Tomato Cans: A Slow Week, Approaching a Big Weekend

Miguel Cotto and Joshua Clottey meet in a marquee welterweight title fight this Saturday at Madison Square Garden. (via

Coming off of what has definitely been a pretty slow week for action but a fairly big week for heavyweight switcheroos, here are some thoughts bouncing around in my brain right now.

This weekend's Miguel Cotto-Joshua Clottey fight is the first truly marquee fight since Hatton-Pacquiao on May 2, and it feels like longer. After a May that failed to thrill anyone so far as American TV fights go (Dawson-Tarver II, Berto-Urango and Ward-Miranda were all one-sided and lacked drama), June was shaping up quite nicely before the death of Klitschko-Haye. Cotto-Clottey is now easily the month's biggest fight and its most interesting. It could be a really good, possibly even great fight -- but it could also turn into a bit of a stinker if Clottey has his way. I'm not slamming Clottey when I say that, but he's really not that exciting of a fighter and his best option will be using his defense to shut down Cotto. Neither has huge KO power and can be quite methodical. We'll have much more on the fight in the coming days, and round-by-round coverage on Saturday.

As far as a fight between Vitali Klitschko and David Haye goes, I'm totally on board. Haye would have to avoid the big shots and hope Vitali comes out cold as he did against Juan Carlos Gomez, but it's a good fight. I also think we'll wind up seeing it.

Andrei Arlovski's 22-second knockout loss to Brett Rogers at Saturday's Strike Force event was shocking to many, and while I hesitate to ever compare MMA boxing to what we know as boxing, it told me that Arlovski probably needs to focus on, you know, MMA, which he's been good at for years. Though he's not on a hot streak by any stretch right now, I figure part of that might just be that he didn't really train to fight Brett Rogers. This BS about his boxing career should stop unless he wants to totally ruin his combat sports career. A KO loss in boxing to some journeyman or can -- hardly a stretch, really -- would really damage his stock. As it is with his MMA career, he'll have to take some lower-tier fights (Rogers was considered lower-tier but proved out in emphatic fashion) and get back some mojo. Or not, I guess. But his boxing career should be put on ice for good.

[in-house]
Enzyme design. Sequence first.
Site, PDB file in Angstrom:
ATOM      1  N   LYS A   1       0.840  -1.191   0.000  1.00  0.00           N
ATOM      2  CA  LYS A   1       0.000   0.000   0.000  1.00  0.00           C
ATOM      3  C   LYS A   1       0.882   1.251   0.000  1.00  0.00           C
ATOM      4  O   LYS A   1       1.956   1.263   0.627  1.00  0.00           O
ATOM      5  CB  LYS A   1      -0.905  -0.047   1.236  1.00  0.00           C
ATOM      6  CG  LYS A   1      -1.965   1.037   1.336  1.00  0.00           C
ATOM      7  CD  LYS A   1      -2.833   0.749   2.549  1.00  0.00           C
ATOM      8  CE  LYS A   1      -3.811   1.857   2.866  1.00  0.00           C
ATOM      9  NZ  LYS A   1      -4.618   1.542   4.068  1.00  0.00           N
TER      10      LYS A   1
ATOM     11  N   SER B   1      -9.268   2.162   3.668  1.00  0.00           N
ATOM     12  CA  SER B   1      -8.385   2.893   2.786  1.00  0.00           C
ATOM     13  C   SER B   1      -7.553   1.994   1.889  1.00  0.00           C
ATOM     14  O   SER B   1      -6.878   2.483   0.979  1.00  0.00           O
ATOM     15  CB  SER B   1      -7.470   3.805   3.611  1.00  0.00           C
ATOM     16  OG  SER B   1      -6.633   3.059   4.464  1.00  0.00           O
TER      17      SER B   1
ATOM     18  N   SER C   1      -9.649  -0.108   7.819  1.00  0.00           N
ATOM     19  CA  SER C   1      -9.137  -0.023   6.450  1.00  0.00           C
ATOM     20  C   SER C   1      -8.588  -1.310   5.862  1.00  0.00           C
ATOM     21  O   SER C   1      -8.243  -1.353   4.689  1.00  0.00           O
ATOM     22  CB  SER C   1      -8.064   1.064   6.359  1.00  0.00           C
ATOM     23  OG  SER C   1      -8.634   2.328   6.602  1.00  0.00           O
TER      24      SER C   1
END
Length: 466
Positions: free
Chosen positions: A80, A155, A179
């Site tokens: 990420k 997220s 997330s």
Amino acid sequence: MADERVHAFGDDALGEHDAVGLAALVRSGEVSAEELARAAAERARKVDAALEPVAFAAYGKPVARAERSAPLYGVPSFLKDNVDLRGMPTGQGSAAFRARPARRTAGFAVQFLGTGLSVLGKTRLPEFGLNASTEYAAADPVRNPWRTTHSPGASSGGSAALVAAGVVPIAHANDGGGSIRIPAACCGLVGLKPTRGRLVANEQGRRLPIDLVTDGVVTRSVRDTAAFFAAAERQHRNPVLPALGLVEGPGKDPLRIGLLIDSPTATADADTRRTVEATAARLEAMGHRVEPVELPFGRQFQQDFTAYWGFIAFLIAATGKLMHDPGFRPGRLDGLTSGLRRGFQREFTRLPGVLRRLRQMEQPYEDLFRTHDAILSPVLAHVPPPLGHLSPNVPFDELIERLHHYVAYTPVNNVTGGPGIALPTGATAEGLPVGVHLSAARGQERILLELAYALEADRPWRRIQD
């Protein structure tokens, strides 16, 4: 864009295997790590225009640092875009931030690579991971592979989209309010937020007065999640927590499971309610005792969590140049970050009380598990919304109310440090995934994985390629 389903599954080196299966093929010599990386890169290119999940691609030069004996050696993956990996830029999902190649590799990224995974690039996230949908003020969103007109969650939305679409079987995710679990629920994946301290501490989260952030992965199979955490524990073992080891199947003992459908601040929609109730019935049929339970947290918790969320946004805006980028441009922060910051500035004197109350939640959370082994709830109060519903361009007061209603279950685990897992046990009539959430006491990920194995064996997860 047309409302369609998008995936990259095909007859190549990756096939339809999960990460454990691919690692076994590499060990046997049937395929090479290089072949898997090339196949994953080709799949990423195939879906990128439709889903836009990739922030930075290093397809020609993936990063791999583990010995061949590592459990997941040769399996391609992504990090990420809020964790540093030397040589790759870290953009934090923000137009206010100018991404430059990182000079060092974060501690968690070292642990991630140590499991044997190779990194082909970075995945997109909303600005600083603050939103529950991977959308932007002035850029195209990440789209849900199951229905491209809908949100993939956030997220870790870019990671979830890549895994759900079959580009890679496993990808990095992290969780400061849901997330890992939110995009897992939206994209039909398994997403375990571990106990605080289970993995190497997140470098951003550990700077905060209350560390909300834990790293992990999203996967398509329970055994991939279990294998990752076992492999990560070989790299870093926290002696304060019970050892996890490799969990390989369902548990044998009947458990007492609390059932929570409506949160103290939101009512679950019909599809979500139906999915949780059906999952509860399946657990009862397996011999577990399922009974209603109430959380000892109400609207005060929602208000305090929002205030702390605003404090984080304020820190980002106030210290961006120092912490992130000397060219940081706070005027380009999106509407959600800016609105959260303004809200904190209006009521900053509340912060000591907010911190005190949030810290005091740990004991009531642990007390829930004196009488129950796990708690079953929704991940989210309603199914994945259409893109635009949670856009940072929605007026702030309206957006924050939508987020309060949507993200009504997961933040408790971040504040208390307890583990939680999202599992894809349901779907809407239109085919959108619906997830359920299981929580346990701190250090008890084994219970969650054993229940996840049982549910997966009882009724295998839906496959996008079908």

Speaking of MMA-to-boxing heavyweights, Tim Sylvia is pondering doing it for good: "I would love to fight some of the heavyweight champs, you know? I mean the paydays are ridiculous!" Sylvia has as much chance of landing a heavyweight title fight as I do.

(Well, OK, he's much closer than me. I figure I could last a solid seven seconds against Ray Mercer and Sylvia will undoubtedly stay in longer than that.)

How much interest do you have in an Andre Berto-Luis Collazo rematch? While I think one is surely deserved, is that really a big enough fight for those that want to see Berto truly step it up into the elite ranks? Collazo is a tough cookie, but he's a second-tier welter, and statistically speaking, the first fight victor almost always wins the rematch. Still, there are only so many top 147 pounders out there, and Collazo might really be the best fight Berto can get.

Anyone going to drop a few coins down on Matthew Hatton upsetting Zab Judah? The more I think about it, the less preposterous it sounds. If Hatton isn't destroyed early, I think he just might be able to get something done on Judah and score the upset that would essentially end Judah's career.

Do you think HBO would air a fight between WBA titlist Felix Sturm and Winky Wright? That's not a rumor or anything, but Wright is familiar to overseas rings, there isn't much depth at middleweight, and he wants to keep fighting. Sturm is better than his reputation, which to be fair has been earned.

If Bernard Hopkins wants to fight again, go after Nikolai Valuev. Screw it, why not?

I wish HBO would get over their small man bias. The Ivan Calderon-Rodel Mayol fight on Saturday is more than worth a TV slot, especially given some of the undercard crap they've fed us both on PPV and their World Championship Boxing/Boxing After Dark shows. The economy may be slightly to blame, I suppose, but HBO hasn't shown any interest in many of the world's best fighters below 122 pounds.

I hope Bernard Dunne can get some U.S. TV exposure sometime.

I like watching Edwin Valero, but who is he that he gets to dictate he'll only accept "big fights"? He has little name, can only fight in Texas or out of the U.S., and I'd like to see him in against good opponents before I wind up spending $50 on him fighting Manny Pacquiao or something, which he believes he deserves. For the record, I still think Pacquiao would annihilate Valero.

I was happy to see Alfonso Gomez return with a TKO win on May 1. Now with Top Rank, Gomezis one of the sport's most likable characters, and there are few fights I've watched where I felt worse for the loser than the one-sided beating he took from Miguel Cotto last April. Gomez had no business in the ring with Cotto, and Cotto knew it. So did everyone else.

Admittedly, I'm sort of psyched for the July 11 fight in South Africa between Lovemore N'dou and Phillip N'dou. That's just good old-fashioned fun.

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